New premier puts housing at forefront of agenda
British Columbia’s new premier says it is unacceptable, given the housing crisis, that strata rules stand in the way of some people renting a condo unit.
David Eby has announced the introduction of two new laws, that if passed, are aimed at addressing the desperate housing shortage in the province, driven by a boom in the population and lack of supply.
One of the measures would end strata rules that stop certain individuals from getting into a condo unit because some buildings have "19+ only" age restrictions, meaning couples starting a family have to plan to move out as soon as they become pregnant.
“It is simply unacceptable that a British Columbian who is searching Craig’s List for somewhere to rent can’t find a home, and somebody who owns a condo is not permitted to rent that home to the individual,” Eby said a media briefing Monday.
“Responding to the housing crisis means not forcing people to move simply because they want to start a family,” he said.
Eby said nearly 3,000 units of housing across BC could be freed up immediately by the changes to the strata rules.
The government also hopes a second key element of their housing supply act will help speed up development and increase supply by giving the province the power to set housing targets in municipalities with the greatest need and highest projected growth.
But Eby would not be drawn on what powers the province would have if municipalities did not overcome local barriers to construction and development approval and therefore did not meet their annual targets.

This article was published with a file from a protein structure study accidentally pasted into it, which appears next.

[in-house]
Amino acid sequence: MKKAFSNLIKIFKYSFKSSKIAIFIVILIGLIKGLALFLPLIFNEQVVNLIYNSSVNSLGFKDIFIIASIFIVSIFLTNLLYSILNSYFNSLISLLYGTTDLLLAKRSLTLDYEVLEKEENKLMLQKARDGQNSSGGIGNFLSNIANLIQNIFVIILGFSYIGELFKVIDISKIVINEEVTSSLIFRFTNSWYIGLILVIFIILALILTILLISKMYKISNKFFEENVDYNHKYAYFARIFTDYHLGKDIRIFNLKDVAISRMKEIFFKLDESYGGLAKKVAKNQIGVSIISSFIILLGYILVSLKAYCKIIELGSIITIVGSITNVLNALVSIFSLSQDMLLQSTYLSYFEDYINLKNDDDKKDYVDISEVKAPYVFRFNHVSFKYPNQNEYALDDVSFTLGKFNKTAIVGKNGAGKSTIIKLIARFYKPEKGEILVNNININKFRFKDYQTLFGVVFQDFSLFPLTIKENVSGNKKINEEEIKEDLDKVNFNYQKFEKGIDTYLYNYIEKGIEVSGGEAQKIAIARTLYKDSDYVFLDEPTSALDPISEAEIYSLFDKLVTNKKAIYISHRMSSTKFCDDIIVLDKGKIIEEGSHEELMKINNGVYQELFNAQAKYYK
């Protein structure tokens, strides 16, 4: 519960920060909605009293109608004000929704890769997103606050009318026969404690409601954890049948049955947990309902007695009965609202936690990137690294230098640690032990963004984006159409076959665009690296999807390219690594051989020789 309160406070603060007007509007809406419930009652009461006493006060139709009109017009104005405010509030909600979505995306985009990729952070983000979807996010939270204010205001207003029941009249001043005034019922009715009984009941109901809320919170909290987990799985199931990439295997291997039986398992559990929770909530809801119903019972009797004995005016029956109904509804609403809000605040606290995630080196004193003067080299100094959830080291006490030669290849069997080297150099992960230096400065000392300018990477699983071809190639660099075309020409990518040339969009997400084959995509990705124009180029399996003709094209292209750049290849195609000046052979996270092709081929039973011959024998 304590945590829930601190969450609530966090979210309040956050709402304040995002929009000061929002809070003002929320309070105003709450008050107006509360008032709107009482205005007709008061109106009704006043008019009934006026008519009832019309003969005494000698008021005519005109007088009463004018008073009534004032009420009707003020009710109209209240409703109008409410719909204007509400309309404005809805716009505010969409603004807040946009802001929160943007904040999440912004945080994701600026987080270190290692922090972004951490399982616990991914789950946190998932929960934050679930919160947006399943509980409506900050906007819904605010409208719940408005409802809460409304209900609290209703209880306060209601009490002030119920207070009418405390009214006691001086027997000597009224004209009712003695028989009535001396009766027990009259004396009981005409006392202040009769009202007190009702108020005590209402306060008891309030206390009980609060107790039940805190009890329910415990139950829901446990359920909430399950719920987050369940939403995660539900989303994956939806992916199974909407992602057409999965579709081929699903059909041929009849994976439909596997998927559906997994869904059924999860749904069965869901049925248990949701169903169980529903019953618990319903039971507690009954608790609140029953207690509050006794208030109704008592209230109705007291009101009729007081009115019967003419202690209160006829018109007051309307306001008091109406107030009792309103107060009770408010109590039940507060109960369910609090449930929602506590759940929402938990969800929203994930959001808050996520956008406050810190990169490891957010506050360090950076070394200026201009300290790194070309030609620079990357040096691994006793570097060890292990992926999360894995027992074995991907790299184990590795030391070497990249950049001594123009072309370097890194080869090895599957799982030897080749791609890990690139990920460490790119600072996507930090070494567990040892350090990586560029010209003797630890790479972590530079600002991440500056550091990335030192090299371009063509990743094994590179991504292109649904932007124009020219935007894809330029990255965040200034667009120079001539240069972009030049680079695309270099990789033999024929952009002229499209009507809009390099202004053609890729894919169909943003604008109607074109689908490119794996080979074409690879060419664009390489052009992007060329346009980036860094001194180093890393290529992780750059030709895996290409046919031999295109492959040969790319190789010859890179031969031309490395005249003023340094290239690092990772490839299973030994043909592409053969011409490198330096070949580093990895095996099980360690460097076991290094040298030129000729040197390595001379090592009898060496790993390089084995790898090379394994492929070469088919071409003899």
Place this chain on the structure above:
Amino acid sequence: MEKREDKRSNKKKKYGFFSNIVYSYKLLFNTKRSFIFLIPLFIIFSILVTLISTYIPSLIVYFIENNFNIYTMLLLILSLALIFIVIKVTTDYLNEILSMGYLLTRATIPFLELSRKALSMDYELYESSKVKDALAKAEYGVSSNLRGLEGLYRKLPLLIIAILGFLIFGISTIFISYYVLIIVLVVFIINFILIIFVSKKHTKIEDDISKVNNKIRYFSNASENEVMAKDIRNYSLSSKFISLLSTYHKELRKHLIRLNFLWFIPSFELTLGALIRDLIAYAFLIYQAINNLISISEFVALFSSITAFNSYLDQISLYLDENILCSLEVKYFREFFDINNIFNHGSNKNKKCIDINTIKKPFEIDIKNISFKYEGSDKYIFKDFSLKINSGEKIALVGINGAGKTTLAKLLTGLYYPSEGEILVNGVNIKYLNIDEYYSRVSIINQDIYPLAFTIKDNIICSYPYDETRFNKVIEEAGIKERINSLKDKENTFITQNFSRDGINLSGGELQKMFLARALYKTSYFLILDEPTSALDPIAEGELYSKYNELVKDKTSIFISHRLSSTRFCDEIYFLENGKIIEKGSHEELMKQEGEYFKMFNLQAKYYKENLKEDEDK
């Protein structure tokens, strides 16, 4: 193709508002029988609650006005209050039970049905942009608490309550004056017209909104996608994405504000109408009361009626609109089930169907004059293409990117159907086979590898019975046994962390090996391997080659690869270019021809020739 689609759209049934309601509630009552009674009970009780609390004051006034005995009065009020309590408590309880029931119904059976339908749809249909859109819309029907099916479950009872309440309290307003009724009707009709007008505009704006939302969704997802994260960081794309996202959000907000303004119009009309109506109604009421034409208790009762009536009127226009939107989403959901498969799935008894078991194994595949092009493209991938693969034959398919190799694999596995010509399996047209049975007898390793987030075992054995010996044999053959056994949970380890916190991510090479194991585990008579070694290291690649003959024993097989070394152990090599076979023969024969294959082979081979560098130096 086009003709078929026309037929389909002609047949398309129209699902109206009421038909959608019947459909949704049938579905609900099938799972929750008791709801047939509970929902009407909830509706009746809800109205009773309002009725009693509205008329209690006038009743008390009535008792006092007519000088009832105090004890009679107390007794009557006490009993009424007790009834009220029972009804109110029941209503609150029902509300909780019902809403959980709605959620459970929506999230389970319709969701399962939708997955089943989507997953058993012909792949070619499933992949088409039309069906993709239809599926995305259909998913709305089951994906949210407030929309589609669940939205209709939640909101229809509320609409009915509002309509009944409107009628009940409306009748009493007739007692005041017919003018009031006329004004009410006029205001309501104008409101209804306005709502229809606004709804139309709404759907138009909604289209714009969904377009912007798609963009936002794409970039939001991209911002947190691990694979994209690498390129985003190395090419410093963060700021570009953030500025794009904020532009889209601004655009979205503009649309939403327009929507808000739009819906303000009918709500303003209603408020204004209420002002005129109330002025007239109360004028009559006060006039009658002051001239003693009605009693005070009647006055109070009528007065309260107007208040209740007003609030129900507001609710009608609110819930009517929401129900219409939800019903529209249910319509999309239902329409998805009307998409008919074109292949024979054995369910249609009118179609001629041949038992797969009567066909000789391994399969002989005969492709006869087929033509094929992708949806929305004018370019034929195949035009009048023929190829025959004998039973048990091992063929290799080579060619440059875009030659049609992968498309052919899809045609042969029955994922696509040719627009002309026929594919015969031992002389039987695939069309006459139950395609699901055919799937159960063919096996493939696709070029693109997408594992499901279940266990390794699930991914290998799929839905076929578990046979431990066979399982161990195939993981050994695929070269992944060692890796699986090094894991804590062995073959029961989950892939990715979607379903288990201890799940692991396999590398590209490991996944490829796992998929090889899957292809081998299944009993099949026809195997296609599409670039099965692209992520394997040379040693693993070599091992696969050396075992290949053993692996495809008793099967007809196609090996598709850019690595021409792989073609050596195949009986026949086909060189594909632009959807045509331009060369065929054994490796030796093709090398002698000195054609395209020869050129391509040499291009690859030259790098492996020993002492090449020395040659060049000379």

“The goal here is to make sure municipalities are on track and if they’re starting to lose ground that we’re supporting them and addressing the issues they’re facing,” Eby explained, adding clear benchmarks would be set and sometimes the lack of progress may lie with the province in areas such as permitting, amenities, and infrastructure.
“This bill is not targeted at any specific municipality, it’s targeted at the relationship that the province has with cities and the demand that every British Columbian has the reasonable belief that we will work together to address the housing crisis and build the housing that we need.”
The government said the targets will be based on information provided by, and in consultation with, municipalities.
The new housing targets will encourage municipalities to address local barriers to construction so that housing can get built faster, including updating zoning bylaws and streamlining local development approval processes.
Published 2022-11-21 by Glenn Hicks
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